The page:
Coding Horror

programming and human factors

Hard Drive Temperatures: Be Afraid

I recently had a noisy fan failure in my ASUS Vento 3600 case. The particular fan that failed was the 80mm fan in the front panel, which is responsible for circulating air by the hard drives in the front of the case. I disconnected it while I considered my options. There's not a lot of airflow by the hard drives in this case. I've actually had a hard drive failure in this system, which I strongly suspect was due to leaving the front fan disconnected.

The two hard drives are mounted with rubber grommets to reduce conducted vibration noise, a standard feature of many new PC cases.


Avoiding direct metal-to-metal contact will always help quiet drives-- they are, after all, giant hunks of metal spinning at 7,200 or 10,000 RPM. But the lack of metal-to-metal contact also means the drives don't benefit from the significant auxiliary cooling effects of metal contact.

Of course, hard drives don't generate nearly as much heat as your CPU and video card do. They only consume around 10 or 12 watts under load, and around 7 watts at idle. But unlike your CPU, they're generating a lot of mechanical movement, which means friction-- and heat disproportionate to the power input. They still need some airflow to stay at a reasonable temperature.

I often read about users obsessing over their CPU or GPU temperatures, while ignoring their hard drive temperatures entirely. That's a shame, because the hard drive is the most temperature sensitive device inside your computer. Most manufacturers rate CPUs up to 70C, and GPUs commonly rate to 90C and beyond.

Manufacturers measure off quite a modest range of operating temperatures for hard drives, from +5 to +55C as a rule, and occasionally to +60C. This operating range is much lower than processors, video cards, or chipsets. Moreover, hard drive reliability depends heavily on their operating temperatures. According to our research, increasing HDD temperature by 5C has the same effect on reliability as switching from 10% to 100% HDD workload. Each one-degree drop of HDD temperature is equivalent to a 10% increase of HDD service life.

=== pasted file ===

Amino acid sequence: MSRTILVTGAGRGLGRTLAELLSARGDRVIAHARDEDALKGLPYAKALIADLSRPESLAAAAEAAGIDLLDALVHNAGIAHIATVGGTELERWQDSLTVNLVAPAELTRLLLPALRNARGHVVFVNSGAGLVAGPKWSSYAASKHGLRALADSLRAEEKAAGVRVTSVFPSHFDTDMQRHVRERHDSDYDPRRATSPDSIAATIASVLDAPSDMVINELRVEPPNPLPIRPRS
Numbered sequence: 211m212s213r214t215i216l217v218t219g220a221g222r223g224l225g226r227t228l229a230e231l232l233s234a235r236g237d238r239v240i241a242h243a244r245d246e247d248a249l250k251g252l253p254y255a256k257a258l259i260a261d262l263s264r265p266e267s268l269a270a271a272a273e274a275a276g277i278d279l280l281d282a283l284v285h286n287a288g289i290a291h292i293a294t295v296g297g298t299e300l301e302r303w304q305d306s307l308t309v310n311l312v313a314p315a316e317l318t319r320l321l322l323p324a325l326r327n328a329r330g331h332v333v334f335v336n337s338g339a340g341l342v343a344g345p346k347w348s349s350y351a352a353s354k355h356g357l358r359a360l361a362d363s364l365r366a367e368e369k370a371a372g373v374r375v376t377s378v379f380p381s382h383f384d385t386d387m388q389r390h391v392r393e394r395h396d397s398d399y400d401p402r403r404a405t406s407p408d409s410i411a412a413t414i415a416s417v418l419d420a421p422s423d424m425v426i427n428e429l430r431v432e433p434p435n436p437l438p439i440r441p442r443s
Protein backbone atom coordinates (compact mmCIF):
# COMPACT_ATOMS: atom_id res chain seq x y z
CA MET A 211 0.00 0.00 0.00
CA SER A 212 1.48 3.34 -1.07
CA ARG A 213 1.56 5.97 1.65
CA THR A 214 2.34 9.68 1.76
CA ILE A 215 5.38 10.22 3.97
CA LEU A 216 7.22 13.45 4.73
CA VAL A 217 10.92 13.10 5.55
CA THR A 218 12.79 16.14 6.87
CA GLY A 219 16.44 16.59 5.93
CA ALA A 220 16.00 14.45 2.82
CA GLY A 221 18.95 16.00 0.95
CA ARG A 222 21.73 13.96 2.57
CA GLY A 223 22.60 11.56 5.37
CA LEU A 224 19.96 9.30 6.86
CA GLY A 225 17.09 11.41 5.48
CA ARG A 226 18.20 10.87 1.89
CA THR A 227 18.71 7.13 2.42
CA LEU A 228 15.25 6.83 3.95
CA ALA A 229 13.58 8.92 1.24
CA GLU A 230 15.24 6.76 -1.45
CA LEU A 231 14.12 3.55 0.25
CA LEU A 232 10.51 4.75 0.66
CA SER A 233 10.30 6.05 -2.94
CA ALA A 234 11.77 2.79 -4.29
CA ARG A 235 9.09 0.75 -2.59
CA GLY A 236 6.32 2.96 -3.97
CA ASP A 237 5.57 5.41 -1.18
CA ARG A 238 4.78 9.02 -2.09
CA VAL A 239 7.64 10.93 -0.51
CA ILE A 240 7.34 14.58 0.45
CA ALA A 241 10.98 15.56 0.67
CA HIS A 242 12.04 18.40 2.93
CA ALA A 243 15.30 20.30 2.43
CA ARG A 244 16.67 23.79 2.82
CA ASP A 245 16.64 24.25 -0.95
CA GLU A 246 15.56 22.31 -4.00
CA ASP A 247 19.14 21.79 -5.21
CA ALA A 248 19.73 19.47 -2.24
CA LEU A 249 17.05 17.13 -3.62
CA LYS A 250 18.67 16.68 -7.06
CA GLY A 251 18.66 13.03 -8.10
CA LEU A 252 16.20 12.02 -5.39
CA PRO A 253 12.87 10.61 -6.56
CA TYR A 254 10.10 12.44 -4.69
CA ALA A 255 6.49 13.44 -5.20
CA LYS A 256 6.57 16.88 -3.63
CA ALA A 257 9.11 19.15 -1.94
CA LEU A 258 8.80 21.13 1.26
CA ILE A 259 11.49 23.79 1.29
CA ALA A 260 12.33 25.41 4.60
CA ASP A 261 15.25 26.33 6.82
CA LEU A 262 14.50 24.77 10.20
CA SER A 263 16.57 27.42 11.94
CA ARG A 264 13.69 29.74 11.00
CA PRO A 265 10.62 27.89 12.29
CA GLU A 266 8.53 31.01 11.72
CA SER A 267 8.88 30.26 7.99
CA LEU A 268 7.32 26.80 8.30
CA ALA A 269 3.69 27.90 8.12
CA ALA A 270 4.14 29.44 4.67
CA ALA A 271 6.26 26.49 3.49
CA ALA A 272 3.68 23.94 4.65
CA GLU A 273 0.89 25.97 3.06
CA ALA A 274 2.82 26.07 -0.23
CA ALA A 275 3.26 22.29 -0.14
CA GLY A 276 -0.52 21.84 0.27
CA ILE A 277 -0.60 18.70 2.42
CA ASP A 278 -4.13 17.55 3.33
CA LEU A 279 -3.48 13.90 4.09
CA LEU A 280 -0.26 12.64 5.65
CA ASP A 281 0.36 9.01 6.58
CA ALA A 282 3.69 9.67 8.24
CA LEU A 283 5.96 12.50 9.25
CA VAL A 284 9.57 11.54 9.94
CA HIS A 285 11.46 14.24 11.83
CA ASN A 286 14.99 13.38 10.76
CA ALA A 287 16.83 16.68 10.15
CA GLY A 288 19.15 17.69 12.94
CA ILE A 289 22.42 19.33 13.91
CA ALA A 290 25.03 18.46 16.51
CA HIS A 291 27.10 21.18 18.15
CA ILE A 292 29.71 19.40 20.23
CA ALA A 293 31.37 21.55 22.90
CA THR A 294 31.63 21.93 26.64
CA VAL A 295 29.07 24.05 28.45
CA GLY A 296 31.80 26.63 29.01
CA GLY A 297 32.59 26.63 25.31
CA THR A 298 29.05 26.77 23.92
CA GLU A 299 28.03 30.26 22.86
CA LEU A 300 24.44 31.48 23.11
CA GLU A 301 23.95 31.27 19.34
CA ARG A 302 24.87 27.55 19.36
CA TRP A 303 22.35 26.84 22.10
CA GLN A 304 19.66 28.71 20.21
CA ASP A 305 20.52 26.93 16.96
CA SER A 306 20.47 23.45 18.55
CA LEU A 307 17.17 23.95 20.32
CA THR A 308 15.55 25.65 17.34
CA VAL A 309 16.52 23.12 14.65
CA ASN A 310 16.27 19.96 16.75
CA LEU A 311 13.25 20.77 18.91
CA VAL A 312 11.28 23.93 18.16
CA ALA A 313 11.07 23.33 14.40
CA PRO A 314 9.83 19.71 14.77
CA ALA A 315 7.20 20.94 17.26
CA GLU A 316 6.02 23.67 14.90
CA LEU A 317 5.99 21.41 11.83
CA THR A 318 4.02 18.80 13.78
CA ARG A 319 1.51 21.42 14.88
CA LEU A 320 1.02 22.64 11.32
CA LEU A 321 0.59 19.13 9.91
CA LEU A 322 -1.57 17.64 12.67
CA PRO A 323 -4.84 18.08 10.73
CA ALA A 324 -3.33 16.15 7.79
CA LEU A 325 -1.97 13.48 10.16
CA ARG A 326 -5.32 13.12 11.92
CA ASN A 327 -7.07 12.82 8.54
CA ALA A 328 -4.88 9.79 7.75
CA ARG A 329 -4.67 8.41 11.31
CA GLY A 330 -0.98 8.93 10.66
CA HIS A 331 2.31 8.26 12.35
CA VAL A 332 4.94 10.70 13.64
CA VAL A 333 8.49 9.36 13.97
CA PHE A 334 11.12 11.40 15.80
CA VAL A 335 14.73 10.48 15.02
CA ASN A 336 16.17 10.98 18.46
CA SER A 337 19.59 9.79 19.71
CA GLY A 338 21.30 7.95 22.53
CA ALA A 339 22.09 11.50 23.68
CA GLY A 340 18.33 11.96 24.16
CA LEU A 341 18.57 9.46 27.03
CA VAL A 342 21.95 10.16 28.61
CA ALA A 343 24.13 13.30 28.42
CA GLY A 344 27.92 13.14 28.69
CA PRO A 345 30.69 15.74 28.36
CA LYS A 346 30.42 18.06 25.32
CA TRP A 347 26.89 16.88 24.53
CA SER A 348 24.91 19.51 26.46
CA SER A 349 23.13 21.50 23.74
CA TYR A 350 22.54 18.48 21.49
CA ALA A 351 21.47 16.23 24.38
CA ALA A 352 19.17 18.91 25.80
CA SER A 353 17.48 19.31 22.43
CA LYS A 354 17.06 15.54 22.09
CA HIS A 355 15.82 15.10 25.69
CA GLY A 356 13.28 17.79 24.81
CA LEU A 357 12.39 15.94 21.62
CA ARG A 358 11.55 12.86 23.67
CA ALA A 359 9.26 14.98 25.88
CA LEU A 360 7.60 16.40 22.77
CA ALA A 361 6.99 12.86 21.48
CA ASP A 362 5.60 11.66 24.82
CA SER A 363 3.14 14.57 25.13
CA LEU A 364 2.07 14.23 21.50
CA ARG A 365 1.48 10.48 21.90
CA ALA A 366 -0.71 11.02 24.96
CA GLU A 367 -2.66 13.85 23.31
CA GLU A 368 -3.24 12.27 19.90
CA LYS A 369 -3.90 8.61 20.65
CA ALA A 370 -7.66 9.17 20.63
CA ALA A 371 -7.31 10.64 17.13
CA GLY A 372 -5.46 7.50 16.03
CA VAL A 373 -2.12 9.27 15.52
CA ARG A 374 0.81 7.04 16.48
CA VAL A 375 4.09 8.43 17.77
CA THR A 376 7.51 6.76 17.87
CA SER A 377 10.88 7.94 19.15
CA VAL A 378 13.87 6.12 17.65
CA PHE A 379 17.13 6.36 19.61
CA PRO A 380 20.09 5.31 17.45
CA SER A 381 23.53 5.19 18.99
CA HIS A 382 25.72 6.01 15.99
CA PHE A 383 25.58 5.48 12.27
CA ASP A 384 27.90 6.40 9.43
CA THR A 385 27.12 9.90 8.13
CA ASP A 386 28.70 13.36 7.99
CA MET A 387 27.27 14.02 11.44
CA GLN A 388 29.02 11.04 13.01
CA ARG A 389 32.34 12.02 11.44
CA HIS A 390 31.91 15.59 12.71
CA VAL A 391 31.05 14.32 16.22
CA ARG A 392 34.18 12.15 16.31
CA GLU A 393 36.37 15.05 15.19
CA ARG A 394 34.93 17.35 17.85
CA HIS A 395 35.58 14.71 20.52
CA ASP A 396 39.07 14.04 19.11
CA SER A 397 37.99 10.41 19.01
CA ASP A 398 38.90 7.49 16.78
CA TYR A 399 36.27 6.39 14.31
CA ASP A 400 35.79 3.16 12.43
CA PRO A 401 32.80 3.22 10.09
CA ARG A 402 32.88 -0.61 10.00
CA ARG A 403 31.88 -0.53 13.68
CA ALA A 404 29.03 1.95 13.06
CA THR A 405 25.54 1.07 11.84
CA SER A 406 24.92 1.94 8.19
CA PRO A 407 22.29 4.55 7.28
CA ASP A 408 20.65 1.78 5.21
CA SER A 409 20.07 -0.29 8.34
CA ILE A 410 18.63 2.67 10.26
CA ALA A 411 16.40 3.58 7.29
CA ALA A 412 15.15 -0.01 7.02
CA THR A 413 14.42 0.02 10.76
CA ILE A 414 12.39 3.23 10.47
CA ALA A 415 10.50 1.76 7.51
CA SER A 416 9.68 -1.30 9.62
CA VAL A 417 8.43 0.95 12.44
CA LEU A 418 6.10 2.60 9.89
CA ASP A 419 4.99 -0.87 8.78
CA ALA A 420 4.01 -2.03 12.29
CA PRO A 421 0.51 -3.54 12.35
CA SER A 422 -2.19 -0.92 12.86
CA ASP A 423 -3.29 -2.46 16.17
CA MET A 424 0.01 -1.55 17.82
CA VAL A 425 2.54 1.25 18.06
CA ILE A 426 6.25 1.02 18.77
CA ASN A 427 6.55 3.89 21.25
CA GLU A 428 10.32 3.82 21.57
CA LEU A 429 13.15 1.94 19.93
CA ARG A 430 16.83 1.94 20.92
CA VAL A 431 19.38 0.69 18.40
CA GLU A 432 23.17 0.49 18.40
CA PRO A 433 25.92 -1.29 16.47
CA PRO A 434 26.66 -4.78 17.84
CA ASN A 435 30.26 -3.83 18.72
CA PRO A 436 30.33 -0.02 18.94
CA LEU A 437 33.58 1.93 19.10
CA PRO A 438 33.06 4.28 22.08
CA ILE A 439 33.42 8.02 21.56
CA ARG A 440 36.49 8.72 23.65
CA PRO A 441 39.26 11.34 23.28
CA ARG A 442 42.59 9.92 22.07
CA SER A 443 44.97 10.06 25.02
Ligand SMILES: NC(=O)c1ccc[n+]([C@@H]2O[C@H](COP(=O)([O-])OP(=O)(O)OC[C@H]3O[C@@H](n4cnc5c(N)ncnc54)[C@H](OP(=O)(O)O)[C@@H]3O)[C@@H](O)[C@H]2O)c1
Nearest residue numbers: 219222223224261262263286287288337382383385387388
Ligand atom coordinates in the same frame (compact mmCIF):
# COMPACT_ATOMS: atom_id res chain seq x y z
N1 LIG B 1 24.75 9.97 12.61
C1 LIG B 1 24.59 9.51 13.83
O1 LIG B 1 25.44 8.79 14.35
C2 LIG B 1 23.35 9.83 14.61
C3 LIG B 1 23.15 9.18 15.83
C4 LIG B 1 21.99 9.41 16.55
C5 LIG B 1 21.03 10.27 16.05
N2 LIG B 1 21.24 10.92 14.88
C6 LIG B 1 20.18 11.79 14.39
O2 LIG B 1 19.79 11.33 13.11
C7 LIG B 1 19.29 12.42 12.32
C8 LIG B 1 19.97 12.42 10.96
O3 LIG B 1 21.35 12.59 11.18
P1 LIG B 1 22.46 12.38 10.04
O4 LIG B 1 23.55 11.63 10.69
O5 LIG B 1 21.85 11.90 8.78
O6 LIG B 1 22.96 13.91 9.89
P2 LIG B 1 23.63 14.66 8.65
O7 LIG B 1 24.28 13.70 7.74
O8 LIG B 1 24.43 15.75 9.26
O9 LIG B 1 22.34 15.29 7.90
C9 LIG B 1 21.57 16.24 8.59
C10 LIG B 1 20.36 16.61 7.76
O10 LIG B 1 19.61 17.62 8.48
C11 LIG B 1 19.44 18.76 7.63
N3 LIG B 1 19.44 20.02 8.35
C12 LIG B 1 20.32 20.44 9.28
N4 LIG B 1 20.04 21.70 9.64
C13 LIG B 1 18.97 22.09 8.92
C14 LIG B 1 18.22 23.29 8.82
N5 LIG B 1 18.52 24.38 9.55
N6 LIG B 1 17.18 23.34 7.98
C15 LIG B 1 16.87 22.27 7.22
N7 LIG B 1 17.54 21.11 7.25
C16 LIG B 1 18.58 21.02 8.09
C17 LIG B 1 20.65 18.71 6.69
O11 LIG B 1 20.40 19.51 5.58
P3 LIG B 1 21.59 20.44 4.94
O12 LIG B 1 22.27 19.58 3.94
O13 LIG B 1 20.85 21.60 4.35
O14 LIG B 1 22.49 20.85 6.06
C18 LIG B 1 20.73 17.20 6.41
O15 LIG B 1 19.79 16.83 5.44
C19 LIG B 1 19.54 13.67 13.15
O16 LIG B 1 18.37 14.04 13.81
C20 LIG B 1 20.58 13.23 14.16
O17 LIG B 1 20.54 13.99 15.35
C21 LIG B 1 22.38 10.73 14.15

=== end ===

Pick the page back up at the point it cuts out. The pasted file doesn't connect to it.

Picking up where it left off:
Hard drives are only rated to 55C in most cases. Although there's still a lot of ongoing discussion on what exactly a "safe" temperature is for a hard drive, the general consensus is that high temperatures are much more risky for the hard drive than any other component inside your computer.

When your CPU, video card, or motherboard fails, you buy a new one and replace it. Big deal. Life goes on. But when your hard drive fails, unless you have a rigorous backup regime, you just lost all your data. Failure of a hard drive tends to have catastrophic consequences for your data. That's why I'm always very careful with hard drive temperatures. When I disconnected the failing fan, I used the excellent DTemp hard-drive temperature monitoring utility to keep an eye on the temperatures.


Sure enough, with the front fan disconnected, both drives inched up to 46C in 15 minutes. And that was at idle. I can only imagine what the temperatures would look like after internal temperatures increased under load. I've already had one drive failure in this case with sustained temperatures around the same level. Some kind of replacement airflow is essential. I used foam tape to mount an 80mm fan on the front of the drives, blowing across the drives and back towards the case. As I write this, they're down to 33C -- a whopping 13 degree drop.

Hard drive temperature is arguably the most important temperature to monitor in your computer. If you regularly see temperatures of 45C or higher on your drive, consider improving airflow in your case. If you don't, you've substantially increased your risk of hard drive failure or data loss.

Written by Jeff Atwood

Indoor enthusiast. Co-founder of Stack Exchange and Discourse. Disclaimer: I have no idea what I'm talking about. Find me here: